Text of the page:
Having successfully poached state after state from the Congress and without any checks, BJP’s political maneouvres to gain power became more brazen and open. One of the most high profile power struggles was visible in Karnataka where the BJP did not spare anything — money, muscle, central investigating agencies and of course a lot of subterfuge in gaining power in the richest state in south India. Here the Congress proved to be more nimble footed than the BJP and even though the BJP had emerged as the single largest party with 105 MLAs and Congress had only 74, the Congress rapidly stitched an alliance with the JD(S) and offered the top post of chief minister to junior partner’s leader H.D. Kumaraswamy. Even though the Congress-JDS staked claim to form the government, the governor invited BJP leader B S Yediyurappa to form the government. He was sworn in as the chief minister but with the Congress-JDS holding a majority, BSY government could not prove its majority and fell after three days.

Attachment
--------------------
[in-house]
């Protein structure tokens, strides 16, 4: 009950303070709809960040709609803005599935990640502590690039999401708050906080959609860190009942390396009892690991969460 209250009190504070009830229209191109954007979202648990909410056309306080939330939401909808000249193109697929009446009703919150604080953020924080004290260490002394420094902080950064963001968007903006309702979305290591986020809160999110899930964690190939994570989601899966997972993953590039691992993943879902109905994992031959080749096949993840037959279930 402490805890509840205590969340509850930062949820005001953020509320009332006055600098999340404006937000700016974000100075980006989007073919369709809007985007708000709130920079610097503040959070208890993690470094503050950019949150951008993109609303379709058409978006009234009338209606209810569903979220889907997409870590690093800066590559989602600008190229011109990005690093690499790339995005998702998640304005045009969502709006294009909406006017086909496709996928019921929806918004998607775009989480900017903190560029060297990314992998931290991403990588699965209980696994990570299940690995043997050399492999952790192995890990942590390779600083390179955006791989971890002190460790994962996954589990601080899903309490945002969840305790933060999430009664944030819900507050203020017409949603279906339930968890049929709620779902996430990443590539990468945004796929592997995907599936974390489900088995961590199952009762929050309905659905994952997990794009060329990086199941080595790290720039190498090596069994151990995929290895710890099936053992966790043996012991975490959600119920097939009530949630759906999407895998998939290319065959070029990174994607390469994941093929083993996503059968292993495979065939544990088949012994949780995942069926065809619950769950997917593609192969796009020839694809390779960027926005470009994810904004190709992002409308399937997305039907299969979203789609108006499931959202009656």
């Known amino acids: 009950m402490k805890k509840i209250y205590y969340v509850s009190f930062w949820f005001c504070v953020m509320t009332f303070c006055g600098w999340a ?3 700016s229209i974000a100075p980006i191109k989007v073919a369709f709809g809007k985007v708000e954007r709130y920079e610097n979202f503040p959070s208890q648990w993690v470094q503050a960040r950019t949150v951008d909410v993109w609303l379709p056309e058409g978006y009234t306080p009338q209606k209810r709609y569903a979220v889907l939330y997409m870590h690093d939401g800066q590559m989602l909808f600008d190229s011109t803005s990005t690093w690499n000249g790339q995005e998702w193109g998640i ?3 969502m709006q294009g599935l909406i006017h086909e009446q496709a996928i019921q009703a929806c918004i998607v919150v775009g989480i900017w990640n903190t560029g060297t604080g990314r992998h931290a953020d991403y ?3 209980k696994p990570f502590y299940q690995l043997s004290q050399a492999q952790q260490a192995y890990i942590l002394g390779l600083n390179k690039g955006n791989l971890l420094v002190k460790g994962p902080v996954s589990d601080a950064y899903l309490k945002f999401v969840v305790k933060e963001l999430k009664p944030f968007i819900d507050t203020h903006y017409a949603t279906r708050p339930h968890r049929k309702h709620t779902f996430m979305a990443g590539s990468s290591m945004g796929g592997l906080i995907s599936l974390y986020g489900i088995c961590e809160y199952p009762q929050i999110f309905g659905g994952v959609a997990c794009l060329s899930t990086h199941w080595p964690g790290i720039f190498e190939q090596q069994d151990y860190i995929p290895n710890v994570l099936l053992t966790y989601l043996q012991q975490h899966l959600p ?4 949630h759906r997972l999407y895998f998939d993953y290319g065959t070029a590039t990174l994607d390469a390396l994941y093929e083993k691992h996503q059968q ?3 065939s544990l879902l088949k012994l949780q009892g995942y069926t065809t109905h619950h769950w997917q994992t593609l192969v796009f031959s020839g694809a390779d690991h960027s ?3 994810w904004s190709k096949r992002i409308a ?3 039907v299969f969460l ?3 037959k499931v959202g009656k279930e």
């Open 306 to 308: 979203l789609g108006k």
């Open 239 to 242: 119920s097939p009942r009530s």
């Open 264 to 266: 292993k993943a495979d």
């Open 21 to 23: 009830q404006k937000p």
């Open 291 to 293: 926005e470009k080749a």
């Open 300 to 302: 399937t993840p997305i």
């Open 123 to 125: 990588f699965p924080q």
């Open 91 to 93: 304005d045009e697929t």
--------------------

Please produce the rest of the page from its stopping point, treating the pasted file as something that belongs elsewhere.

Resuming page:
This paved the way for the coalition to come to power. However, it was evident that neither BSY nor BJP would let the government function. Right from the moment Kumaraswamy took charge, rumours were afloat about ‘Operation Lotus’ referring to attempts to topple the government and bring back the BJP to power. After several months of attempts, amidst high drama where MLAs of both the Congress-JDS and the BJP were taken and kept in five-star resorts to prevent poaching by the rival, the BJP was able to win over 17 MLAs of the ruling coalition who resigned one after the other from the assembly. There were numerous reports and telephone recordings that Congress and JDS claimed proved that BJP had offered large amounts of money and protection from anti-corruption inquiries to win the MLAs. Finally, with the government reduced to a minority, Kumaraswamy lost trust vote in assembly and BSY was installed as chief minister again in July 2019.